CS 348: Introduction to Database Management


Spring 2017

Course Objectives

The lectures try to give an answer the following three questions:

  • why do we want to use databases and what are the benefits of doing so,
  • how do we use databases as users and application programmers,
  • how do we design databases, and
  • (extremely elementary introduction into) how do databases work.
  • Overview of Topics:

    The bullets correspond to self-contained topics, rather than to actual class periods. However, an attempt will be made to include integral number of topics in a class period or to use integral number of class periods per topic.

    Why do we use Databases?

  • Functionality provided by a Database Management System (DBMS).
  • Database Models: Relational, (optionally: Network, OO).
  • How do we use a DBMS?
  • Relational model, logic-based query languages (relational calculus).
  • SQL as the standard interface,
  • Embedded query languages and application programming.
  • Brief notes on database administration, security, etc.
  • How do we design Databases?
  • Entity-Relationship (ER) model.
  • Universal relations and functional dependencies.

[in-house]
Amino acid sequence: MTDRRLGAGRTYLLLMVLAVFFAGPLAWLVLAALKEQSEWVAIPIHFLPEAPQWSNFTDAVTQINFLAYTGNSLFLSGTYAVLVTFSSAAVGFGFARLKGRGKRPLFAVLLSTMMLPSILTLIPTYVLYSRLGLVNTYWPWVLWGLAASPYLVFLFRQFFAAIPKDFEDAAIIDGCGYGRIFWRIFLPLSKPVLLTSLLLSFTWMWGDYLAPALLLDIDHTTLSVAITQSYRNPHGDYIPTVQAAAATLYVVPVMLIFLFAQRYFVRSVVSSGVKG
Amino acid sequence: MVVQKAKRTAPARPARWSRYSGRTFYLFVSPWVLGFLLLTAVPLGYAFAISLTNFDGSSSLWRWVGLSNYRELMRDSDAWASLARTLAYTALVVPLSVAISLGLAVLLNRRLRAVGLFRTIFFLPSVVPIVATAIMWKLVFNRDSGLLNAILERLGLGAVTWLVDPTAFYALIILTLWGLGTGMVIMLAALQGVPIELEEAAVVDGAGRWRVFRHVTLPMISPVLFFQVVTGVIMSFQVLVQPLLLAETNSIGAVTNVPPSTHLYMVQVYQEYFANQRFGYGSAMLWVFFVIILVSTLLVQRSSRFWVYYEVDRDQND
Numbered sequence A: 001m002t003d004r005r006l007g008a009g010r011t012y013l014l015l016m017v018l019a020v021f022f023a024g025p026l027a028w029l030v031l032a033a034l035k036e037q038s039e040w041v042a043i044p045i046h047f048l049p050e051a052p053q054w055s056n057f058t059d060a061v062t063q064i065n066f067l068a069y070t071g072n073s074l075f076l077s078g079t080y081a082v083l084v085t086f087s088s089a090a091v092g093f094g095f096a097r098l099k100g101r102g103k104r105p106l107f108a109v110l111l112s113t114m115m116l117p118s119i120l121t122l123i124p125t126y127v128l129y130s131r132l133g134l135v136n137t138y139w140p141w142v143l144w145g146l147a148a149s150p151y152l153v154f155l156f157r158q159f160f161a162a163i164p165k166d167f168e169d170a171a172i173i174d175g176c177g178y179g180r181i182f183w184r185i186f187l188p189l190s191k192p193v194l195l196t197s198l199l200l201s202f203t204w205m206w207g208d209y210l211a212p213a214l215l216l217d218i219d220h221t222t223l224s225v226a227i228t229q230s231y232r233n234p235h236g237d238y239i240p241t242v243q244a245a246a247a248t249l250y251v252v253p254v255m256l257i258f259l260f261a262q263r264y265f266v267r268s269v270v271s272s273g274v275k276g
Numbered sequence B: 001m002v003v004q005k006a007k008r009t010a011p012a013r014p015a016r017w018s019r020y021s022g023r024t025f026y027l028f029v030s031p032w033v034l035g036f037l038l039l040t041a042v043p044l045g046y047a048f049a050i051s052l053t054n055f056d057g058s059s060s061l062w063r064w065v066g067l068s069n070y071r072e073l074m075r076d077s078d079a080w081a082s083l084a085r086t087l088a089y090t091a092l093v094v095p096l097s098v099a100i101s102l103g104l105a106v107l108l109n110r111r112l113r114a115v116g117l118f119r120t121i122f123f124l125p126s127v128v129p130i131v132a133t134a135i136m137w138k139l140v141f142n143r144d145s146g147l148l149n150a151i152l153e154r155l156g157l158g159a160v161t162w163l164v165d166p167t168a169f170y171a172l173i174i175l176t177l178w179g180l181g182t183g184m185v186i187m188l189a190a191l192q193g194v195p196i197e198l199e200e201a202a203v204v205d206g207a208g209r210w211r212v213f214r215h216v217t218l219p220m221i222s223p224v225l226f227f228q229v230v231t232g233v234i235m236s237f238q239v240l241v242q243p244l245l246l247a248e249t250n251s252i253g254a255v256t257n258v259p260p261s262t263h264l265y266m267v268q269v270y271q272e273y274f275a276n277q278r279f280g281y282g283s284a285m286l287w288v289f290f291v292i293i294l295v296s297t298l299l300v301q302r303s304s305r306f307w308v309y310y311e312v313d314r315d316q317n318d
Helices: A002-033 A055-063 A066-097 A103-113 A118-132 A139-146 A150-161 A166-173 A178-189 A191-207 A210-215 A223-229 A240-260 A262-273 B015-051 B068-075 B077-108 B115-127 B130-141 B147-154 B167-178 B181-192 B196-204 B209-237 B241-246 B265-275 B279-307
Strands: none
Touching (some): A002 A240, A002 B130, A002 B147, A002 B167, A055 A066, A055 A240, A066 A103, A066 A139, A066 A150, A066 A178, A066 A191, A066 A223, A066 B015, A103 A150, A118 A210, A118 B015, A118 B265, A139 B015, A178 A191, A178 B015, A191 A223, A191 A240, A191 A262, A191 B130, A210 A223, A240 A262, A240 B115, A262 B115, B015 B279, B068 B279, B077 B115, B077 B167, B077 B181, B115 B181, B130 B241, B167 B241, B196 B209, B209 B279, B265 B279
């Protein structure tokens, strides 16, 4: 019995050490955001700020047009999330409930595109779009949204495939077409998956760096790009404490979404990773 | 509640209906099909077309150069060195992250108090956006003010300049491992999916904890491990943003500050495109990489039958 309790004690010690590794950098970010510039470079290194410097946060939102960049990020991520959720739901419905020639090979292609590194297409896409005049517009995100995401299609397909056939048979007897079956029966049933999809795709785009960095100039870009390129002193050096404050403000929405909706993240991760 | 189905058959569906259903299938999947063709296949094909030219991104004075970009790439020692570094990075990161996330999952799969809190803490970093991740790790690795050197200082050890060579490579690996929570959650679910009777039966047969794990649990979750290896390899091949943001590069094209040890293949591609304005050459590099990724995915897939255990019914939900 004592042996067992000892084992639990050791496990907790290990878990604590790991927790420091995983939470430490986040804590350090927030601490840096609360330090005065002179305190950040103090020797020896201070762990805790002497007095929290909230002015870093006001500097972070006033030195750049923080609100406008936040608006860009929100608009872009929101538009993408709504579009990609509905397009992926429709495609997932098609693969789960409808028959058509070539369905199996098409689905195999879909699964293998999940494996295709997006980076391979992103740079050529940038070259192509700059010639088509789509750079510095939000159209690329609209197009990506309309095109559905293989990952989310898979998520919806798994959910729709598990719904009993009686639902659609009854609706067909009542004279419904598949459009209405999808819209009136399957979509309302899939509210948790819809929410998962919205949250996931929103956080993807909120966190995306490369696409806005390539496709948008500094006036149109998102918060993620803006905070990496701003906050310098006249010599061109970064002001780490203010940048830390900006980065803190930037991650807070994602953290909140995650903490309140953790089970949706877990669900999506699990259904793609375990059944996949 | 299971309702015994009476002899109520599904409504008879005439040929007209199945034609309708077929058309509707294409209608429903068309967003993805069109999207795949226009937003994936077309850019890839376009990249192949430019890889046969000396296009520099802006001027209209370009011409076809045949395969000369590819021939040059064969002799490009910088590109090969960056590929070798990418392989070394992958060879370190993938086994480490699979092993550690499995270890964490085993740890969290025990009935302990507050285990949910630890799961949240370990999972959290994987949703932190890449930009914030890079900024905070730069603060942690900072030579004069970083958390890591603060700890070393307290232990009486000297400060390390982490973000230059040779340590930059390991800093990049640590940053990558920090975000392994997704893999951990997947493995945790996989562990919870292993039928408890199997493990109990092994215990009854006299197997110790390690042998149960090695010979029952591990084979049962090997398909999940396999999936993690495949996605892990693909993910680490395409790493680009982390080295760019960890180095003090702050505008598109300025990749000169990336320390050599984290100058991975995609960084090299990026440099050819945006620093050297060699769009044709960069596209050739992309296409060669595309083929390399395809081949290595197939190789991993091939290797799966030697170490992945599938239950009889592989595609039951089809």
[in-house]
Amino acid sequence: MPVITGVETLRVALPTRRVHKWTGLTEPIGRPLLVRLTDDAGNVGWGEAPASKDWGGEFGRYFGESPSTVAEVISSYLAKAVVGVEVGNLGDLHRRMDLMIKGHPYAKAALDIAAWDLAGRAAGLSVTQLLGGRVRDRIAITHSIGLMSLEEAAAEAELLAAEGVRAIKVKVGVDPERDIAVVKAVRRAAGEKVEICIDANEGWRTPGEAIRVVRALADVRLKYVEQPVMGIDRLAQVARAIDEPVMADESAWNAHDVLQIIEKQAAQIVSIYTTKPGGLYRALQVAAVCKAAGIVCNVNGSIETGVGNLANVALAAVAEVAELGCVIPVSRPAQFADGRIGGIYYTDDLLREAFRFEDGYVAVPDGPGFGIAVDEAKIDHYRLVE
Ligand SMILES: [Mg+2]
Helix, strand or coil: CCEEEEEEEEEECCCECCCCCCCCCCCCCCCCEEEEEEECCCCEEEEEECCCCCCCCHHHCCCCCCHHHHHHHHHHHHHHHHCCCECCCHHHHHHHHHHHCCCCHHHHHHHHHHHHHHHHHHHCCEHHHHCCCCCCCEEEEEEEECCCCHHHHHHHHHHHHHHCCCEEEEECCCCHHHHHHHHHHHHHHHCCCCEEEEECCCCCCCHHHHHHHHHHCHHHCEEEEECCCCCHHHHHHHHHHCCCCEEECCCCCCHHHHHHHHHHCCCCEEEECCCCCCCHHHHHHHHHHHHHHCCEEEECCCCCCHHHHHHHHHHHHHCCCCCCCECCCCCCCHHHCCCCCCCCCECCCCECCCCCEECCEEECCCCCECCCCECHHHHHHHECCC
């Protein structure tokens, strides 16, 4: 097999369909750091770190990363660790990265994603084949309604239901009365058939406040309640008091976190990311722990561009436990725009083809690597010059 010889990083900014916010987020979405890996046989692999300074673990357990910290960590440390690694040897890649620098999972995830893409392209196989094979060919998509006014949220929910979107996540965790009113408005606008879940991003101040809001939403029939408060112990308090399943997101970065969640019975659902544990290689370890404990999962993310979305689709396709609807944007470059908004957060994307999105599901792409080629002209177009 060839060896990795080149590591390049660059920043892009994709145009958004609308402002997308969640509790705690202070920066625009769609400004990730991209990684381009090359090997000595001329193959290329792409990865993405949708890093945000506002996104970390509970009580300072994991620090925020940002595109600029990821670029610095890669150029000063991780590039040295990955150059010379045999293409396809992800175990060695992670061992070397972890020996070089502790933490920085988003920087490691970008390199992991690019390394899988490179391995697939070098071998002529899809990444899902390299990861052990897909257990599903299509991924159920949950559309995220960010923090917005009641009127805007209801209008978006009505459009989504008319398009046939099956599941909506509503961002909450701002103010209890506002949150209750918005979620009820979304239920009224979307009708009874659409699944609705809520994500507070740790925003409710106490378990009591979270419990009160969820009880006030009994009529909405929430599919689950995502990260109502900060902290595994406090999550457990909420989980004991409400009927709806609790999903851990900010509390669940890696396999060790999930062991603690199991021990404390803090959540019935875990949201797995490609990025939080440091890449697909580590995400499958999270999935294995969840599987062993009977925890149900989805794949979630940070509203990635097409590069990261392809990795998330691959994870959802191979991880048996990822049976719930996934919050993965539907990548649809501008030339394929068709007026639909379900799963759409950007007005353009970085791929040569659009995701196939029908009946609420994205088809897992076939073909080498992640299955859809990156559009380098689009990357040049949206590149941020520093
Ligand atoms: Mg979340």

• Data redundancy and normal forms.
  • Database tuning.
  • How do Database Management Systems work?
  • Anatomy of a DBMS: the big picture.
  • Relational Algebra: the operational approach to queries.
  • Transaction model.
  • Advanced Topics (optional)
  • More powerful query languages.
  • More powerful representation techniques.
  • Official Course Description


    Prerequisites

    The lectures do not assume any prior knowledge of databases. However, you must brush up your skills in the following three areas:
  • Elementary math (sets, relations, first-order logic).
  • Basics of complexity theory (e.g., the O-notation, etc.).
  • Basic programming skills (in C).

  • Classes

    LEC 001 UW 10:00-11:20MW MC 1056
    LEC 002 UW 02:30-03:50MW MC 1056

    Midterm Exam

    June 29 07:00-08:50Th

    Final Exam

    TBA

    Course Evaluation

    The University of Waterloo has been working hard to bring student evaluations into the modern era by eliminating the need for wasteful and time-consuming paper surveys. The current system we are testing is called "evaluate", and was developed on campus in order to meet the specific needs of the university.

    The evaluation survey is available online.